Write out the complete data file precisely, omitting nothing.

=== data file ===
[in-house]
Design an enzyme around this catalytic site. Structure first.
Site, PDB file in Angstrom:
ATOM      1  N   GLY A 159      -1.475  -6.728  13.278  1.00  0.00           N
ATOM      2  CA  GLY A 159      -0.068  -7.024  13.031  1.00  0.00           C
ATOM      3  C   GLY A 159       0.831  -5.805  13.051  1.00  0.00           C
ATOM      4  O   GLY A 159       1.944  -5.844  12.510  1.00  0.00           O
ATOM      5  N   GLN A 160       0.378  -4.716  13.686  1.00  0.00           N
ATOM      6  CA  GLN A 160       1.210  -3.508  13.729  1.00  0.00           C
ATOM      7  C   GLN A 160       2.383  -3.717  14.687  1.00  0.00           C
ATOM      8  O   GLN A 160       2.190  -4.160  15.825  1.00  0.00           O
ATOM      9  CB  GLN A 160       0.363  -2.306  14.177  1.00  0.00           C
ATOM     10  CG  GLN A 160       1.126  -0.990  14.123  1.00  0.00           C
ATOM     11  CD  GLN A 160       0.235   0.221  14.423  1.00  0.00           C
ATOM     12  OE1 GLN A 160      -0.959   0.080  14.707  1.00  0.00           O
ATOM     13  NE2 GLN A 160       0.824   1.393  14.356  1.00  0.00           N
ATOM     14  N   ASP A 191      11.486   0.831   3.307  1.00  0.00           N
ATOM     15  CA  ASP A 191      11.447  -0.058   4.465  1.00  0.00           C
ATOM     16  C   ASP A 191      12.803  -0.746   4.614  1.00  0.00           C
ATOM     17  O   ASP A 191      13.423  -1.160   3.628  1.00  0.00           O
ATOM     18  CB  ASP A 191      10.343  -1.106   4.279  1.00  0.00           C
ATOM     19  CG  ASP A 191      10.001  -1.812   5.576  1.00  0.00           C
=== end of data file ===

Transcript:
[in-house]
Design an enzyme around this catalytic site. Structure first.
Site, PDB file in Angstrom:
ATOM      1  N   GLY A 159      -1.475  -6.728  13.278  1.00  0.00           N
ATOM      2  CA  GLY A 159      -0.068  -7.024  13.031  1.00  0.00           C
ATOM      3  C   GLY A 159       0.831  -5.805  13.051  1.00  0.00           C
ATOM      4  O   GLY A 159       1.944  -5.844  12.510  1.00  0.00           O
ATOM      5  N   GLN A 160       0.378  -4.716  13.686  1.00  0.00           N
ATOM      6  CA  GLN A 160       1.210  -3.508  13.729  1.00  0.00           C
ATOM      7  C   GLN A 160       2.383  -3.717  14.687  1.00  0.00           C
ATOM      8  O   GLN A 160       2.190  -4.160  15.825  1.00  0.00           O
ATOM      9  CB  GLN A 160       0.363  -2.306  14.177  1.00  0.00           C
ATOM     10  CG  GLN A 160       1.126  -0.990  14.123  1.00  0.00           C
ATOM     11  CD  GLN A 160       0.235   0.221  14.423  1.00  0.00           C
ATOM     12  OE1 GLN A 160      -0.959   0.080  14.707  1.00  0.00           O
ATOM     13  NE2 GLN A 160       0.824   1.393  14.356  1.00  0.00           N
ATOM     14  N   ASP A 191      11.486   0.831   3.307  1.00  0.00           N
ATOM     15  CA  ASP A 191      11.447  -0.058   4.465  1.00  0.00           C
ATOM     16  C   ASP A 191      12.803  -0.746   4.614  1.00  0.00           C
ATOM     17  O   ASP A 191      13.423  -1.160   3.628  1.00  0.00           O
ATOM     18  CB  ASP A 191      10.343  -1.106   4.279  1.00  0.00           C
ATOM     19  CG  ASP A 191      10.001  -1.812   5.576  1.00  0.00           C